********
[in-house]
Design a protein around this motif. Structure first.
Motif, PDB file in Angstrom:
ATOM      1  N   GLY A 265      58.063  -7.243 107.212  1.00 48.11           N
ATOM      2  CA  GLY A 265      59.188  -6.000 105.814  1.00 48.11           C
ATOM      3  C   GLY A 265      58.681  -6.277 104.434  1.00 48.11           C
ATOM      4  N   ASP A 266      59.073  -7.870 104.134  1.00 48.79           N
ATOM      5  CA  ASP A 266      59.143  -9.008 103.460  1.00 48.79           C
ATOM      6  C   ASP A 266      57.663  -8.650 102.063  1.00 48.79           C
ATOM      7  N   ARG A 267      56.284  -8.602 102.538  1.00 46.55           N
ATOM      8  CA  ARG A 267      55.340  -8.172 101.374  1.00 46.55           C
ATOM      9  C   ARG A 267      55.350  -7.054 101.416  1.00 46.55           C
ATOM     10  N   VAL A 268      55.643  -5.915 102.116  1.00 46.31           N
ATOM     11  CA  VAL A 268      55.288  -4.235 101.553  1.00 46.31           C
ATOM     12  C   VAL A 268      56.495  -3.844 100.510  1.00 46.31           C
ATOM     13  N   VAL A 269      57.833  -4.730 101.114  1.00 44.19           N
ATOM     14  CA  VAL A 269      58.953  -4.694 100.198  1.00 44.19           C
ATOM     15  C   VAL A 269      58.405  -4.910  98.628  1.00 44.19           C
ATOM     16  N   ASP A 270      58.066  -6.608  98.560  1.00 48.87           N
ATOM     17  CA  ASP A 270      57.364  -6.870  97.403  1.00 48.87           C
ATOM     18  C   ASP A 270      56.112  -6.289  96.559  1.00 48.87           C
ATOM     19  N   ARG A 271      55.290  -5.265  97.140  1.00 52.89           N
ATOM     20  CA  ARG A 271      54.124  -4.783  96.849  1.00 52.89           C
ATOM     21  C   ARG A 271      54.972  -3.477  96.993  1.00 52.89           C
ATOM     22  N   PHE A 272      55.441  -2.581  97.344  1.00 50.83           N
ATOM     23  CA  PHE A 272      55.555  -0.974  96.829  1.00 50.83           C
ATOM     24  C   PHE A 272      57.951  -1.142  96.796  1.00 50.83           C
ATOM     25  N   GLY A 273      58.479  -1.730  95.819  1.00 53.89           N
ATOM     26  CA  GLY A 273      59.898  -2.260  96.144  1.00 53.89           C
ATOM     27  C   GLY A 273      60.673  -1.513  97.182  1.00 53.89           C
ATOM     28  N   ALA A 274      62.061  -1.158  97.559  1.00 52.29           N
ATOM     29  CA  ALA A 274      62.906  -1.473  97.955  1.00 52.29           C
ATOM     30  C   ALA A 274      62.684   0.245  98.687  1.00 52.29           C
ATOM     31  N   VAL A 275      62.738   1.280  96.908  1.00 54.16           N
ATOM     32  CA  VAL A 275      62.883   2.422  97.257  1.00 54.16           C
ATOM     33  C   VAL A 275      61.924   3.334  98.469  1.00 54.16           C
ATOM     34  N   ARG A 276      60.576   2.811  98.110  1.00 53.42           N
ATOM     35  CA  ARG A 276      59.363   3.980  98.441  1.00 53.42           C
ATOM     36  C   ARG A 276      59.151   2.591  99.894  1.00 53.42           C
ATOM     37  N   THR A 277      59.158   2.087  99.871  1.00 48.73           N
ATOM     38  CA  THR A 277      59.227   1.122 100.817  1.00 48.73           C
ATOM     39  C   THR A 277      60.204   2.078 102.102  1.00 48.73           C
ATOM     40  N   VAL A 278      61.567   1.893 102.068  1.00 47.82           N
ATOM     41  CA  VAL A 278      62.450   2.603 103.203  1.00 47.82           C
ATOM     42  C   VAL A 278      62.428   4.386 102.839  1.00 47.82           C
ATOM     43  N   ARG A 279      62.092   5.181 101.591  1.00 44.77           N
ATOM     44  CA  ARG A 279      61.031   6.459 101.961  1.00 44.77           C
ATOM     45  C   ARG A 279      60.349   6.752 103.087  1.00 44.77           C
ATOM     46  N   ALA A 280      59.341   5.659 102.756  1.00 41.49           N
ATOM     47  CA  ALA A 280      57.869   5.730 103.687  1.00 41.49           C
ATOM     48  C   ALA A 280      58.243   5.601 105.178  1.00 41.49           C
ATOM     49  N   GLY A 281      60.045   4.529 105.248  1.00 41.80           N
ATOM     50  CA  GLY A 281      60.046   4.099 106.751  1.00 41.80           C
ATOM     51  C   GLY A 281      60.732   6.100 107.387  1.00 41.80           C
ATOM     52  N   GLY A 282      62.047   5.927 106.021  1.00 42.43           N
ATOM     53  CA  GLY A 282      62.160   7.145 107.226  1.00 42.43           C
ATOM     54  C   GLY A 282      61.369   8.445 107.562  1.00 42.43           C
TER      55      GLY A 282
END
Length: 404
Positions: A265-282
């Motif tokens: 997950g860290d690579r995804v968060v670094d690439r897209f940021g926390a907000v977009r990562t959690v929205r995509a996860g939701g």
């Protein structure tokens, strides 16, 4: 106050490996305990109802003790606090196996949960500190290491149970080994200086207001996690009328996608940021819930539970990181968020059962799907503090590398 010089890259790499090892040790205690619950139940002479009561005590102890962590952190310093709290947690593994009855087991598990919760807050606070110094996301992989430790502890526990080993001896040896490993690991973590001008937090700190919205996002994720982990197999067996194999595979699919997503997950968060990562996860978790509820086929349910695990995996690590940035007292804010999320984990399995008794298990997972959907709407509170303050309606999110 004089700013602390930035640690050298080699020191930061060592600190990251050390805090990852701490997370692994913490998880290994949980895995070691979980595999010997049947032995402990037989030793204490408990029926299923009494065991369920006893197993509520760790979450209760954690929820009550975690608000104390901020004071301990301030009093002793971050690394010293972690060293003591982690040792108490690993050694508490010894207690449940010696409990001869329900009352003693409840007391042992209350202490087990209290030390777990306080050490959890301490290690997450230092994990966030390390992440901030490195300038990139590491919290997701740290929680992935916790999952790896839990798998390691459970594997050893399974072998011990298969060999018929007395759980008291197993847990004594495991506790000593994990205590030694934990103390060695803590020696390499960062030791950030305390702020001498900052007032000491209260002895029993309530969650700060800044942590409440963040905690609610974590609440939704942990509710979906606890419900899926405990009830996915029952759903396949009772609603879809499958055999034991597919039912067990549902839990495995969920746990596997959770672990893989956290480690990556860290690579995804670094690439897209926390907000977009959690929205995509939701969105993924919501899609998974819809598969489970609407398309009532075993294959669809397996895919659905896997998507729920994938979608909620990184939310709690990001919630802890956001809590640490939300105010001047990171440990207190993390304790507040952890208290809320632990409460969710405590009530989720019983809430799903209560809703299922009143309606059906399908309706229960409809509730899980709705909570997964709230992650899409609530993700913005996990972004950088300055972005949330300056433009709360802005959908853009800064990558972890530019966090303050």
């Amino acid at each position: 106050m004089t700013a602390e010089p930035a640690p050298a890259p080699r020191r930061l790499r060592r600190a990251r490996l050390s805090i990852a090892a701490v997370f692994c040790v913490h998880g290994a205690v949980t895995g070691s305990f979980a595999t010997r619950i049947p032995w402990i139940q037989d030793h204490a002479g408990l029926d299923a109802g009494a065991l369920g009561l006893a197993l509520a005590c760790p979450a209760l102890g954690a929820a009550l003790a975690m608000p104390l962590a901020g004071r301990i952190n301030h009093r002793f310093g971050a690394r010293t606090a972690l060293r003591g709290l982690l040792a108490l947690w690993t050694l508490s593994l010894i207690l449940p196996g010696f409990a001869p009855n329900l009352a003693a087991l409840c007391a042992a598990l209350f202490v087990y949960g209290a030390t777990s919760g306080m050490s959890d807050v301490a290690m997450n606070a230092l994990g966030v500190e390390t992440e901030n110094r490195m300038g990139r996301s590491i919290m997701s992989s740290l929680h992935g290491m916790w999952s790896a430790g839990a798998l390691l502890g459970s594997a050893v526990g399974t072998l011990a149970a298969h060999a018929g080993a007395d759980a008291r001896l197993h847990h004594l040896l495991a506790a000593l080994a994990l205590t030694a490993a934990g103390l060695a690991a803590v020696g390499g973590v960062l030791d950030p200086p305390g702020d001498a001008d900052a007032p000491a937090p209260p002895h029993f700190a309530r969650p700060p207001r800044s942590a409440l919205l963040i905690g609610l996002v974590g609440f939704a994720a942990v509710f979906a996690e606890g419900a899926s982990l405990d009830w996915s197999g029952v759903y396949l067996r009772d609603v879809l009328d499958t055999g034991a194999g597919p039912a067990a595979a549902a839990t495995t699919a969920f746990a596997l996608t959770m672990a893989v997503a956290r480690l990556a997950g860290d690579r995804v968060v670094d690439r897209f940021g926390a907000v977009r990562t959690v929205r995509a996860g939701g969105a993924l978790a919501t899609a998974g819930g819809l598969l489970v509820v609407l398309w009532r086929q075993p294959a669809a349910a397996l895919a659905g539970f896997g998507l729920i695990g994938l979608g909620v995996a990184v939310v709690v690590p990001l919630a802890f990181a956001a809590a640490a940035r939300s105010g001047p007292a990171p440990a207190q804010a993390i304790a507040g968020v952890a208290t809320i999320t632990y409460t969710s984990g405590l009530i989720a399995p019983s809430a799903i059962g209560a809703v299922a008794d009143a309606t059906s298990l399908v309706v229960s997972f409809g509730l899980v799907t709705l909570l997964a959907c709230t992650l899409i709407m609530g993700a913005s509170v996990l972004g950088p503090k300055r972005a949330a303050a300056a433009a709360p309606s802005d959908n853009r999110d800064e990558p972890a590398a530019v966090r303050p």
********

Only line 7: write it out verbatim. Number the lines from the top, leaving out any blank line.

ATOM      4  N   ASP A 266      59.073  -7.870 104.134  1.00 48.79           N